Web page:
Learn more at this link.
I believe we will be furnishing student volunteers to help with registration and such. This will be a great opportunity to mix mingle and network with IA professionals as well as learn more about fraud detection.;
We have noted that fewer and fewer stocks are still advancing, this is both a divergence and shrinking leadership, a classic sign of an ending bull market. Into day's WSJ Page C1 we learn that six firms account for over half the $664 billion value added to the NASDAQ this year.
Amazon, Google, Apple, Facebook, Netflix, and Gilead
On page C6 Heard on the Street notes that peak demand for gasoline is now. Refineries are churning out plenty of gasoline and distillates given the low energy prices. This suggests the market may may well take out the previous $42 low. That would be a fifth wave to the $35 range last seen in Dec 2008. Just speculating...
I’d say there is a big difference psychologically between $50 and $49.
Allen Gilmer, CEO DrillingInfo
The market for surface oil technologies in North America is stabilizing though it is unclear where it goes from here.
Charles Sledge, CRO, Cameron International
The prognosis assumes no significant change in market circumstances through yearend.
Bernard Duroc-Daner, CEO Weatherford International
A few weeks back we declared $50 to be the ‘line in the sand’ for oil prices. Oil is now trading within $5 of its previous low of $43.46 on March 17. But strangely, not all energy sectors are still declining. Let’s take a look.
Crude Oil futures trade for every month of the year on the New York Mercantile Exchange NYMEX. This morning September futures are $48.38 but December is trading at $50.13. So the near term is below $50 but four months out that level is still holding. Unleaded gasoline has fallen below its entire daily moving averages, which is negative. But at $1.81 on the close yesterday, it is well above the sub $1.130 level of January. Heating oil at $1.637 is less than a dime from its January lows.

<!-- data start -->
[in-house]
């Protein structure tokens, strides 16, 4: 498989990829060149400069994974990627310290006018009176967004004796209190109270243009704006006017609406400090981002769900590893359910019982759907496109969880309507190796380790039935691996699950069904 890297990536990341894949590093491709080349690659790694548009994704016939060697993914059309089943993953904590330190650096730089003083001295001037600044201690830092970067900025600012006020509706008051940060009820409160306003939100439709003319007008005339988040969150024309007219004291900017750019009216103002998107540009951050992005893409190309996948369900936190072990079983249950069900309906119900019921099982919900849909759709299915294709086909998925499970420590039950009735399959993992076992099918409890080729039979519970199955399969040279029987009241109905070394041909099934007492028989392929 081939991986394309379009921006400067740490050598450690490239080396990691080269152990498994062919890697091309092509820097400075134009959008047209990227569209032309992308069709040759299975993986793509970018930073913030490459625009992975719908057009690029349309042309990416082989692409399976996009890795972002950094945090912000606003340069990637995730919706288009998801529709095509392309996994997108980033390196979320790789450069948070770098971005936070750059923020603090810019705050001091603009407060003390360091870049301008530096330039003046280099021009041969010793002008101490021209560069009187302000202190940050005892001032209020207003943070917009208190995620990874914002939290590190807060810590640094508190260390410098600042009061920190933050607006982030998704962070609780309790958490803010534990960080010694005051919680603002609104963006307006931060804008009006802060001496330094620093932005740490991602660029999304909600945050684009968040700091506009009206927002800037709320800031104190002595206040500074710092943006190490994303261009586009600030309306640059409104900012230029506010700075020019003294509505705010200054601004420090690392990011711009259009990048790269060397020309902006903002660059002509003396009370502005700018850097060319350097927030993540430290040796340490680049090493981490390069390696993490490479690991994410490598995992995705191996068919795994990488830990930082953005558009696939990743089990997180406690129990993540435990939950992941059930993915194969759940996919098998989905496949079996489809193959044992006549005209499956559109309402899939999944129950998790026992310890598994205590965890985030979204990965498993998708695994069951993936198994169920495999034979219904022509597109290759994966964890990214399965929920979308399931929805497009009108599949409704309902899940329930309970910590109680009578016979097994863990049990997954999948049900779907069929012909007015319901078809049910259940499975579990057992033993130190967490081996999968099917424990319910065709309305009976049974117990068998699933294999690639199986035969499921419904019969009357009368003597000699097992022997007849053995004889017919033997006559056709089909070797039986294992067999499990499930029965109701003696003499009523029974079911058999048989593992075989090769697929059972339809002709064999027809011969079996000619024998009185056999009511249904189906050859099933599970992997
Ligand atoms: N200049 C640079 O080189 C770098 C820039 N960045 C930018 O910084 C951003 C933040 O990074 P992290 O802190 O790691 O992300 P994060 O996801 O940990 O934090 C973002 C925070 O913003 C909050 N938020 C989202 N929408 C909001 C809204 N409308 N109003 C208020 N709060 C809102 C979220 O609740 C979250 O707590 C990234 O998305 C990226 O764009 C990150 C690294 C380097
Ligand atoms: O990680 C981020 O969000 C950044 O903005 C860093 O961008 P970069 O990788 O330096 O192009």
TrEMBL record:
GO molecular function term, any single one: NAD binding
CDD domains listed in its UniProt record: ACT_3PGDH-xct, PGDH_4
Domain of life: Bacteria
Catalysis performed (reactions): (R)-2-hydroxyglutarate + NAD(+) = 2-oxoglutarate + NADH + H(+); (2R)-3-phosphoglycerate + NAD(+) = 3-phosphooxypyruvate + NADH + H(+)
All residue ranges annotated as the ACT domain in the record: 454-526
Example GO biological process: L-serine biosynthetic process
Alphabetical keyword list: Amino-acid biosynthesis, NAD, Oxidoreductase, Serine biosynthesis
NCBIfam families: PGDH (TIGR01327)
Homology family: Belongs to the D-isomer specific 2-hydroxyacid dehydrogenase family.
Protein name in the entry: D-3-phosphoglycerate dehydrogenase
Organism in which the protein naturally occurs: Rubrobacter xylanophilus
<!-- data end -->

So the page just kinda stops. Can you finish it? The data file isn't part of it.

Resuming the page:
Since the start of the year, crude oil has made two lows around $45. It appears headed for a third low in that area. Market technicians refer to this as a ‘triple bottom. ‘ Most triple bottoms do not hold resulting in lower prices.
Commodity markets typically have to go to such low prices that some producers are literally driven out of the market. Which is to say prices have to fall below the cost of production. This means only the strong balance sheets with lots of cash and low debt survive. Already Hercules Offshore, a Houston shallow water driller, will file for Chapter 11 next month.
The Saudis have higher costs today than in the past. And surely they view low prices as hurting their nemesis, Iran.